Rensselaer Polytechnic Institute President Shirley Ann Jackson Urges National Response to the "Quiet Crisis" in the United States Science and Engineering Workforce in Address to the American Chemical Society in Washington, D.C.
Troy, N.Y. – Linking the United States' need to meet its energy demands to the emerging gap in the nation's science and engineering workforce, Rensselaer Polytechnic Institute President Shirley Ann Jackson urged members of the American Chemical Society (ACS) to join in bringing national focus to this "quiet crisis," which she asserts requires fostering a national plan and a national will to succeed.
Jackson spoke at the 230th national meeting of the ACS in Washington, D.C., at a special presidential symposium celebrating the 10th anniversary of its ACS Scholars Program.
For more than five years, President Jackson has warned of a "quiet crisis" building in the United States, stemming from the emerging gap between the nation's growing need for scientists, engineers, and other technically skilled workers, and its development of them. She notes that, as the generation educated in the 1950s and 1960s prepares to retire, fewer young Americans are pursuing careers in science and engineering and there is a decreasing flow of talent from abroad.
"We ignore the emerging science, engineering, and technology talent gap at our peril," warns Jackson. "Closing the gap will require a national commitment to develop more of the talent of all our citizens, especially the underrepresented majority -- the women, minorities, and persons with disabilities -- who comprise a disproportionately small part of the nation's science, engineering, and technology workforce. Initiatives such as the American Chemical Society's Scholars Program are essential to our success."
The ACS Scholars Program is designed to be a catalyst for African American, Hispanic/Latino, and American Indian students seeking to pursue undergraduate college degrees in chemical sciences and chemical technology.
"Nearly 50 years ago, the shock and surprise of Sputnik made it immediately apparent – to national leaders, to the American public, to the private sector, to government policy makers – that immediate action was required," President Jackson said in her remarks today at the ACS meeting. "It was a matter of national pride and national security not to lose the space race – which, in reality, was a science race. And immediate action in the form of programs to nurture and support an entire generation of scientists and engineers was forthcoming and it worked."
Declaring that "energy security is the space race of this millennium," Jackson said that "We can no longer drill our way to energy security, we must innovate our way to energy security," noting the need to "make the essential link of energy security to innovation, and of innovation to the creation and sustenance of a talented science and engineering workforce."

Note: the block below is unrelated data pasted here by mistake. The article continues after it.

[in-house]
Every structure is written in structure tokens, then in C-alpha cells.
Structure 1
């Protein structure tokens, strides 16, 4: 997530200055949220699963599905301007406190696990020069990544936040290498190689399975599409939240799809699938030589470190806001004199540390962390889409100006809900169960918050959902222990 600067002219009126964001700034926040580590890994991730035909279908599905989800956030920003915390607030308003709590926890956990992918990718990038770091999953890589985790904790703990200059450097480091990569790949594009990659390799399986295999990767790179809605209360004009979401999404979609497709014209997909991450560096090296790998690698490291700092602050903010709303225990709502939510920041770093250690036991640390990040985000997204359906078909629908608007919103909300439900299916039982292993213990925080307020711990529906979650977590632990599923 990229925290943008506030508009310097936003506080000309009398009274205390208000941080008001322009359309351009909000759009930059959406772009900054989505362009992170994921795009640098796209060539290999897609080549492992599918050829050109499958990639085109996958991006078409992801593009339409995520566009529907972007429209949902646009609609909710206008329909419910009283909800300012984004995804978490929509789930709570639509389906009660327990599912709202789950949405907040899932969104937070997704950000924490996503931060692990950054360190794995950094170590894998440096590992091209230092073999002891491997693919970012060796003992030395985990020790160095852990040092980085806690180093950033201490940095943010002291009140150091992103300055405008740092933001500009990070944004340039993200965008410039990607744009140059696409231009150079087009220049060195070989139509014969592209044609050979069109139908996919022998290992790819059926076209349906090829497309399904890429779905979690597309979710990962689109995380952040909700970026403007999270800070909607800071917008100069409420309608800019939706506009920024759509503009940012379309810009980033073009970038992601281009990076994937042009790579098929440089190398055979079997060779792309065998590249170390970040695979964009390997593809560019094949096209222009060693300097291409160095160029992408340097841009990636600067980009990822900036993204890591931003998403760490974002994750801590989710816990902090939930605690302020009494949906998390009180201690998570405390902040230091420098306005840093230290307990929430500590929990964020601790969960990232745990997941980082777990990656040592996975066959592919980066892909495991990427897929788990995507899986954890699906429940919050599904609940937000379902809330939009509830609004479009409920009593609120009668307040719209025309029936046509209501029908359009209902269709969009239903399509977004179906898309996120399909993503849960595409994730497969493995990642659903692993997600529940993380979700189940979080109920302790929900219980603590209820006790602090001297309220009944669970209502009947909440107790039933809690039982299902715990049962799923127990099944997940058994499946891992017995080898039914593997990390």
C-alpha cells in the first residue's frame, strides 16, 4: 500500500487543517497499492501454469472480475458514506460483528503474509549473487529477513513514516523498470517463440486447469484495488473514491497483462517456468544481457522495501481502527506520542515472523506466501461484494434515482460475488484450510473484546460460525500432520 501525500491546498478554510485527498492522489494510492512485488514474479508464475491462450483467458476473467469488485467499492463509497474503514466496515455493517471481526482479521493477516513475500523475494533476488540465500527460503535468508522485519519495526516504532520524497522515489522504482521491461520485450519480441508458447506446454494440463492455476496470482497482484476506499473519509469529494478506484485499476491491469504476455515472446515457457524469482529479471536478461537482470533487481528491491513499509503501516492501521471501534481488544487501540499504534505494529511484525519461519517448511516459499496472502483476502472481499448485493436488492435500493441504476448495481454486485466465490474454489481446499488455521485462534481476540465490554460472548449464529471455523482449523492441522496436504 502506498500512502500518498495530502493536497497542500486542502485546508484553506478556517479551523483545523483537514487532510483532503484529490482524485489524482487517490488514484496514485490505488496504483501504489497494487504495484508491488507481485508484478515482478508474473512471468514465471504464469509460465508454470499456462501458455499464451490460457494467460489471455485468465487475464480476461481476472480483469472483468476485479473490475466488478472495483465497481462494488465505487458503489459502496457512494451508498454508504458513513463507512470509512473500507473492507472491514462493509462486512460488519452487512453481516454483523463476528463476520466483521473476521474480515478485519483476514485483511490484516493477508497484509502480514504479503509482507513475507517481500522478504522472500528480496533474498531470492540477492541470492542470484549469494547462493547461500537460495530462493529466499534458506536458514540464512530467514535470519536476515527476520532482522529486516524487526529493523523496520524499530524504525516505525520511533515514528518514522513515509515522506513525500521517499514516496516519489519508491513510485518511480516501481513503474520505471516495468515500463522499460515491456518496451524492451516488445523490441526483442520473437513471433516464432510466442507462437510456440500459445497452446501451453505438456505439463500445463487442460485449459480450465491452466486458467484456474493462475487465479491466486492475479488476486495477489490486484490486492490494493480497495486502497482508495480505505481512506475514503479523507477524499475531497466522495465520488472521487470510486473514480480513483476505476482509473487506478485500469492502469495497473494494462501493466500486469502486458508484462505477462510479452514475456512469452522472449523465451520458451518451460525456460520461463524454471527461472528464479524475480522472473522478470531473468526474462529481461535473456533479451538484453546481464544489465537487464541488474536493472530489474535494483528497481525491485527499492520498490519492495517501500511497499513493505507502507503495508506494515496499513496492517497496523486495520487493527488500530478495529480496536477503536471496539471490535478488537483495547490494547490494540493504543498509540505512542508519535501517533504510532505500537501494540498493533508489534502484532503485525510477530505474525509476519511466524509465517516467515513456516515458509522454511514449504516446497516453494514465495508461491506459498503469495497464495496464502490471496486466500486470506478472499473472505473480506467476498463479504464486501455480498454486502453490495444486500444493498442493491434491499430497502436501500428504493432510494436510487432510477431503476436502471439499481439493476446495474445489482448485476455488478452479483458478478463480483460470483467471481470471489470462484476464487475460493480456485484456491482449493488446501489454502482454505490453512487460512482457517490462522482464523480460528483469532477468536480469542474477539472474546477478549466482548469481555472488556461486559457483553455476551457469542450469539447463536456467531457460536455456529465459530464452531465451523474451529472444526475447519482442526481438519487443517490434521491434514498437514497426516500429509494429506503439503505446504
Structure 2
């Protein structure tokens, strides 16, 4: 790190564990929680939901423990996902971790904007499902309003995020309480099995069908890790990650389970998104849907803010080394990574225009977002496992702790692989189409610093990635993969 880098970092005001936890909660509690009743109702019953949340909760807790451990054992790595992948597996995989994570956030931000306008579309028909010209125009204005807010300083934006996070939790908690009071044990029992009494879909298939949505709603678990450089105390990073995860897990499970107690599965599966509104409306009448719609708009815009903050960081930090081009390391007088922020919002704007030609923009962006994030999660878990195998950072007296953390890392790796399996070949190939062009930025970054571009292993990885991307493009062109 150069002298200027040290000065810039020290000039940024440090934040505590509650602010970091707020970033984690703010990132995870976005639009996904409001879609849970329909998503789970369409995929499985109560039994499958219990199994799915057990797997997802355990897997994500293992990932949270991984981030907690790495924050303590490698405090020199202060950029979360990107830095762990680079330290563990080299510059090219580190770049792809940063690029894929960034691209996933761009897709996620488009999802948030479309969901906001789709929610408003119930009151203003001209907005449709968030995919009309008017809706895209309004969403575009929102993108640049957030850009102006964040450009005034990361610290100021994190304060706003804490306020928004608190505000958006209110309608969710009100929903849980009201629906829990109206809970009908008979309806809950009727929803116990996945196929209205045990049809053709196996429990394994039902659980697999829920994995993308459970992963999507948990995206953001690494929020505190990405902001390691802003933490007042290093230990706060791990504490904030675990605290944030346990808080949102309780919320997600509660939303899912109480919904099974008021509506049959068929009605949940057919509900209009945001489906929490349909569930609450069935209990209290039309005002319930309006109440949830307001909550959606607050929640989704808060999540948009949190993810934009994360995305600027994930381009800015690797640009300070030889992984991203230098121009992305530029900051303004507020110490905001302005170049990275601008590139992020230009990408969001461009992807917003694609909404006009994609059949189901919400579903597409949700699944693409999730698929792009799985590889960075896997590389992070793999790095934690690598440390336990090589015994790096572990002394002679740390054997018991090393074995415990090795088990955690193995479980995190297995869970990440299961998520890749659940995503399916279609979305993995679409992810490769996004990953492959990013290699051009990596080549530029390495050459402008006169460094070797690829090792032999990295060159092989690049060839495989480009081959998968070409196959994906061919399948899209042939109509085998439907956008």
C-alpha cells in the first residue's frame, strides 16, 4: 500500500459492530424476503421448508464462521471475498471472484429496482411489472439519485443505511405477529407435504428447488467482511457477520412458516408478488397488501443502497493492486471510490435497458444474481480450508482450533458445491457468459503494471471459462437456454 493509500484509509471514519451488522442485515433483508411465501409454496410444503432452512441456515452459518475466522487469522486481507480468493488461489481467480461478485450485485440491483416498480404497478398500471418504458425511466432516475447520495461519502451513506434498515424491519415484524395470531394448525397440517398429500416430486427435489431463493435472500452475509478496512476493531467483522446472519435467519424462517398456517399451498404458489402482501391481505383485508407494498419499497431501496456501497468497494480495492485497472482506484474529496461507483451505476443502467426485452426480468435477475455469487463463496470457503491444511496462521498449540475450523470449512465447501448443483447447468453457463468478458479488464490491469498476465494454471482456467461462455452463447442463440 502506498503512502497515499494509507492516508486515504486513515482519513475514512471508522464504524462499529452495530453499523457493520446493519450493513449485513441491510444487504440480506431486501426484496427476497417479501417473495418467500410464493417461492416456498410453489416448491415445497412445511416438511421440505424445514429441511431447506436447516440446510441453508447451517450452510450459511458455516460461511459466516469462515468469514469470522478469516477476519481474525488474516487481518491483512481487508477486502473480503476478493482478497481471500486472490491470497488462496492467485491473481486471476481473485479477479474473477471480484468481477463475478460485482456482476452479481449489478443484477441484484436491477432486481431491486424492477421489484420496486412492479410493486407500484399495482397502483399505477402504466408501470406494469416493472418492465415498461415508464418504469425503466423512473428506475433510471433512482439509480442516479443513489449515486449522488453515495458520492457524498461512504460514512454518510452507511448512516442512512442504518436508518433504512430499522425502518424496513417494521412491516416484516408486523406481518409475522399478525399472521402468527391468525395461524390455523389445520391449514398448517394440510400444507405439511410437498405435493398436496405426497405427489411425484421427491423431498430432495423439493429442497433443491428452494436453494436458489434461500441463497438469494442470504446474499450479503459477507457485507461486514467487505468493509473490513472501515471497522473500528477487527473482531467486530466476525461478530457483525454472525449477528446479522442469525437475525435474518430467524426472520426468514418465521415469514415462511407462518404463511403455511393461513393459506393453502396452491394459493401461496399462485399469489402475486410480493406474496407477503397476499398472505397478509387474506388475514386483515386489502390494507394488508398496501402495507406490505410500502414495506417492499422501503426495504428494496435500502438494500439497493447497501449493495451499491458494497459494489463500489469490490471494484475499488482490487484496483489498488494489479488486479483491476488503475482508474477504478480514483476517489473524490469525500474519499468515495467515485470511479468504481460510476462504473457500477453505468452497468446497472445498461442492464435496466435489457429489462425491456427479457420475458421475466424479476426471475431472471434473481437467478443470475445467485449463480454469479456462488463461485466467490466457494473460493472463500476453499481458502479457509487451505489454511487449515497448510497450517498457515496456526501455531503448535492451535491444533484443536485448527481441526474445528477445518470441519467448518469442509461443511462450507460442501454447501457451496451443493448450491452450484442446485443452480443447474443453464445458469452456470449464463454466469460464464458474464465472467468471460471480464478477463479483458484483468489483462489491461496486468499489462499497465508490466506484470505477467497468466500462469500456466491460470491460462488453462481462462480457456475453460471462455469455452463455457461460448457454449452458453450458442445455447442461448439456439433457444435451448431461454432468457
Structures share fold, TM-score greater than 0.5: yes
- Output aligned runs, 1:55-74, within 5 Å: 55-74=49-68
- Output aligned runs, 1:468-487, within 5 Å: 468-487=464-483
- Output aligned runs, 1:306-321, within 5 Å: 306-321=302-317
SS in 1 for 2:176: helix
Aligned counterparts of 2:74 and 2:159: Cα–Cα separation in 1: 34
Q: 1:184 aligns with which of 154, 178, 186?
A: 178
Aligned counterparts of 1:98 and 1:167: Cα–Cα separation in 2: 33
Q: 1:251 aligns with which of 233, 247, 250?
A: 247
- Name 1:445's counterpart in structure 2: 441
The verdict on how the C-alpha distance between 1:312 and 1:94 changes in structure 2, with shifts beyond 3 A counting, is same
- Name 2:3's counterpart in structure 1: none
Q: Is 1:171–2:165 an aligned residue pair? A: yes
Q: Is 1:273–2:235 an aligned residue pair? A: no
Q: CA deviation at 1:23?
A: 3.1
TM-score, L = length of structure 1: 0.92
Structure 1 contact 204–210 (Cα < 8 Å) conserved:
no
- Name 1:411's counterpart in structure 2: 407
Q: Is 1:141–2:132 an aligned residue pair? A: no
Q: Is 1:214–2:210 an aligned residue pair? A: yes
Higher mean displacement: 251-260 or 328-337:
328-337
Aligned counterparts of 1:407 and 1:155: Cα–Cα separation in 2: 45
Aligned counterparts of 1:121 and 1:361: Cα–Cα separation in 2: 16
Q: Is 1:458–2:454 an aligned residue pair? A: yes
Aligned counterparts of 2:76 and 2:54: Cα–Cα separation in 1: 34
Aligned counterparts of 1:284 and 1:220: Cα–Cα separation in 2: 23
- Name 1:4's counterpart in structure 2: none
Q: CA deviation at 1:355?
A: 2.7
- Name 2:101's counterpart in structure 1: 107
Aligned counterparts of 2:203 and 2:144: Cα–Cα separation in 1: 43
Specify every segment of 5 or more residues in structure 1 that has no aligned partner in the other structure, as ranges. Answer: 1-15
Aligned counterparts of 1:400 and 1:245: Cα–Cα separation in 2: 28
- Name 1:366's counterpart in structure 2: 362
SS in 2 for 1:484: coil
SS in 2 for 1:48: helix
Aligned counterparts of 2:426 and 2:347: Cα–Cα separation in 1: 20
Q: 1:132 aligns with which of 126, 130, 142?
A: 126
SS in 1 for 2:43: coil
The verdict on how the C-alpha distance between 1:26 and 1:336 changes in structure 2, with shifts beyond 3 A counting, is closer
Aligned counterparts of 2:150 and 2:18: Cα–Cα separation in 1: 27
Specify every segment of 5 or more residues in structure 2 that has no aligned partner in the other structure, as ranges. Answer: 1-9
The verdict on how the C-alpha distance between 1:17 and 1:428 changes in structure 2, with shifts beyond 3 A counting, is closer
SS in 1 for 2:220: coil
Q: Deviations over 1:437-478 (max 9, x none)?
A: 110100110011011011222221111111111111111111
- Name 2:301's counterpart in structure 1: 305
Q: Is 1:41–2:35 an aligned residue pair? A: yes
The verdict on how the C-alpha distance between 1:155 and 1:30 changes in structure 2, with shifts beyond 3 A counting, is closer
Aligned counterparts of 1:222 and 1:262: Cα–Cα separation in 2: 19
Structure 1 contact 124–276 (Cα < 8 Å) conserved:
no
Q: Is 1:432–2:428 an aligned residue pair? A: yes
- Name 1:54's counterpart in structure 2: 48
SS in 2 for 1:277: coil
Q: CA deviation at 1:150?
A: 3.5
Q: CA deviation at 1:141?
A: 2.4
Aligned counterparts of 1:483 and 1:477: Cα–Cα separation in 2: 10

President Jackson urged ACS members to continue working to (1) build public support for making this endeavor a national priority, (2) motivate students to pursue careers in science, technology, engineering, and mathematics with special attention to young women and those in groups currently underrepresented in these fields, (3) build support to upgrade K-12 math and science teaching to foster higher student achievement, (4) reverse declines in federal funding for basic research, and (5) build support for legislative initiatives including the Kennedy-Collins Defense Authorization Bill Amendment (S.1042), which would double funding for the study of science and engineering and increase funds for basic research, along with proposals stemming from the Council on Competitiveness National Innovation Initiative outlined last December.
The ACS Presidential Symposium, titled "The Business Case for Diversity in the Chemical Enterprise," was held at the Renaissance Washington Hotel. In addition to President Jackson's presentation, 18 Rensselaer Polytechnic Institute researchers are presenting at the ACS meeting in Washington this week.
About President Jackson
Jackson, the 18th president of Rensselaer, has held senior leadership positions in government, industry, research, and academe. She is chairman of the American Association for the Advancement of Science (AAAS), a member of the National Academy of Engineering, a fellow of the American Academy of Arts and Sciences and the American Physical Society, and has advisory roles and involvement in other prestigious national organizations. She is a member of the Council on Foreign Relations and the Executive Committee of the Council on Competitiveness. She serves on the Board of Directors of the New York Stock Exchange, the Board of Regents of the Smithsonian Institution, and is a director of several major corporations.
She was appointed Chairman of the U.S. Nuclear Regulatory Commission (NRC), 1995-1999, by U.S. President William J. Clinton. She was a theoretical physicist at the former AT&T Bell Laboratories and a professor of theoretical physics at Rutgers University. President Jackson holds an S.B. in physics and a Ph.D. in theoretical elementary particle physics from M.I.T., and 32 honorary doctoral degrees.
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